WEDI offers free membership to federal, state governments; North Shore-Long Island Jewish Health System sued for failing to protect patient medical records;

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> The Reston, Va.-based Workgroup for Electronic Data Interchange announced this week that it will offer free membership to all federal and state government agencies, as well as their corresponding departments, as part of an effort to improve health information exchange. Government agencies will have access to participate in all WEDI workgroups on critical health IT industry topics, as well as WEDI's public forums and virtual events. Announcement

Provider News

> A dozen patients are suing North Shore-Long Island Jewish Health System for allegedly failing to protect their medical records and notifying them of a theft, CBS New York reported. The class-action lawsuit claims patients' face sheets with names, addresses, Social Security numbers, dates of birth and medical histories were stolen since 2010 from North Shore University Hospital. The plaintiffs' attorney says thousands of other former patients may have had their information compromised, too. Article

> In last night's State of the Union address, which focused largely on the economy, President Obama dedicated his first minutes to the sequester, reinforcing the White House administration's priority to fixing the federal deficit. The automatic budget cuts, including a 2 percent reduction in Medicare payments to providers, are set to hit March 1. Congress and Obama signed a 2011 deficit-reduction agreement that next month would trigger a trillion dollars' worth of automatic cuts to federal programs, particularly to defense. Article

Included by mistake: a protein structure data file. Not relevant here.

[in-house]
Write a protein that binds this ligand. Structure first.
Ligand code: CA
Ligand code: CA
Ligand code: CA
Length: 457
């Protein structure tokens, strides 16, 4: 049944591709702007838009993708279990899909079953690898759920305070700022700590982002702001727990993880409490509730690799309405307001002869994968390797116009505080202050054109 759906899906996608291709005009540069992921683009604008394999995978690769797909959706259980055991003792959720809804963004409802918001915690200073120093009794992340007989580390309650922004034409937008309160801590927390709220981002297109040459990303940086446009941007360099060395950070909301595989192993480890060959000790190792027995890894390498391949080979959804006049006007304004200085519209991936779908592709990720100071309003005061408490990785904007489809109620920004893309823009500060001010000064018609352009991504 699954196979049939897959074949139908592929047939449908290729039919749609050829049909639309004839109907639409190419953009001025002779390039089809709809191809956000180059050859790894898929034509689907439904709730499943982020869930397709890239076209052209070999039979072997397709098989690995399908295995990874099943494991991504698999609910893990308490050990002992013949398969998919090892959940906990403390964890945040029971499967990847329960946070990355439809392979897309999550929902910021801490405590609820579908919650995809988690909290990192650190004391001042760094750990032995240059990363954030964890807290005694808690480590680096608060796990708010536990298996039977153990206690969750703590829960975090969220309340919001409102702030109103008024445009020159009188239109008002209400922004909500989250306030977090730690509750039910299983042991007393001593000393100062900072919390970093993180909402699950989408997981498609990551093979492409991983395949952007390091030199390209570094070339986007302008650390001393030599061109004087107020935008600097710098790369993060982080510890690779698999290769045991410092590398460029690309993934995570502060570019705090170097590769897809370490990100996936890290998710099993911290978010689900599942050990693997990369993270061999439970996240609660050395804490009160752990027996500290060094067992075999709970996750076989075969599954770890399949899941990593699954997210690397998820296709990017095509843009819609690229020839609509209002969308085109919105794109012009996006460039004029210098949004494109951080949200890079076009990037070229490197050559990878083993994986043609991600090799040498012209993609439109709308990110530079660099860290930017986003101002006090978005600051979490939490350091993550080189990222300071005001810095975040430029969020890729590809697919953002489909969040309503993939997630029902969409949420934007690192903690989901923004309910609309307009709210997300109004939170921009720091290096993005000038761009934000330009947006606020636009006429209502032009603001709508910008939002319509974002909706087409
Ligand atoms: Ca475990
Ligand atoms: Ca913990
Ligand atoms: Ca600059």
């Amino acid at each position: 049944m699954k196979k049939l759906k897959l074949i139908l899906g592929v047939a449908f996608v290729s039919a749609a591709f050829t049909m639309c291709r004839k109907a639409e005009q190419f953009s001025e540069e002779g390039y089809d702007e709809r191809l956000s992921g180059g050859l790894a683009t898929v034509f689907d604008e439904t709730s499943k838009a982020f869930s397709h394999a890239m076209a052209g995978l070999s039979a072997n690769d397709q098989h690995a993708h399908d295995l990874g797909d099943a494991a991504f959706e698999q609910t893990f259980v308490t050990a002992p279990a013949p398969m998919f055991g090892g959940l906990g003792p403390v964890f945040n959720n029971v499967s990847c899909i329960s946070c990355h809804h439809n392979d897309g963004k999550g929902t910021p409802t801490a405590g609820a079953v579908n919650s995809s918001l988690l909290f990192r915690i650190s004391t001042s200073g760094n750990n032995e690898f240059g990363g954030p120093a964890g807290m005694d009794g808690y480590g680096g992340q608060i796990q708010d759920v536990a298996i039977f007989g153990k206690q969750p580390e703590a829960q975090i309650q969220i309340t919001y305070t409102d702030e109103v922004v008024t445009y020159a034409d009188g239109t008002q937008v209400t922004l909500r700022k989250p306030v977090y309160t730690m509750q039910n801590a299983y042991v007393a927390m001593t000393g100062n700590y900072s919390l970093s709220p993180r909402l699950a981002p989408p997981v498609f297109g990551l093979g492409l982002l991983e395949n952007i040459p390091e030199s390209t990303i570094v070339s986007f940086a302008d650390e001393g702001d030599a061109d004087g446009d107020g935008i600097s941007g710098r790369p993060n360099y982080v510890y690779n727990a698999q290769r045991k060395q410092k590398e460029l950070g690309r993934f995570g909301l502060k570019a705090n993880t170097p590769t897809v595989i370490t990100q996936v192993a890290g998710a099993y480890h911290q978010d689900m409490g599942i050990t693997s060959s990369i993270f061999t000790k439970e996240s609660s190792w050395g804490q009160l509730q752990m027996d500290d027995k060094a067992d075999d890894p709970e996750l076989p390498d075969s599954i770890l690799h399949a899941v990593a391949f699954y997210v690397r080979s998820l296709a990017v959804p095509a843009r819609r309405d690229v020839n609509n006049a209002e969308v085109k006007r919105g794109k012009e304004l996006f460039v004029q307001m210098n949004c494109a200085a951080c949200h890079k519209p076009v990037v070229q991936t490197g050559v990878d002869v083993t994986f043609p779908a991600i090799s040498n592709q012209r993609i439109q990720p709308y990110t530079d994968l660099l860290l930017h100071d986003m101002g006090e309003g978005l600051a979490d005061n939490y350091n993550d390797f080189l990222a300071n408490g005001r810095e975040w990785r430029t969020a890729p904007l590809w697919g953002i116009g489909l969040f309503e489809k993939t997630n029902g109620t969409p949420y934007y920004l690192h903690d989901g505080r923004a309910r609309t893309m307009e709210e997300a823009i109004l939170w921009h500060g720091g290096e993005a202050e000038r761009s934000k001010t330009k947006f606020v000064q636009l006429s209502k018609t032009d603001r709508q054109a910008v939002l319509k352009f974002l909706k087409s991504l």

Health Finance News

> Despite an ongoing campaign to reduce hospital readmissions among Medicare patients, more than 12 percent of patients nationwide wind up returning to inpatient care within 30 days, concludes a new study by the Robert Wood Johnson Foundation. The rates were significantly higher in selected metropolitan areas, such as New York City, Chicago and Detroit. Article

> The Centers for Medicare & Medicaid Services is urging a federal appeals court to deny a Texas hospital operator a $21 million depreciation loss adjustment from the Medicare program, reported Law360. CMS said Memorial Hermann Healthcare System could not claim a loss adjustment on the assets of its predecessor, Hermann Hospital, because the transfer of assets into the merged system did not qualify as a legitimate sale. Article

And Finally... Sad, but I guess he got what he paid for. Article

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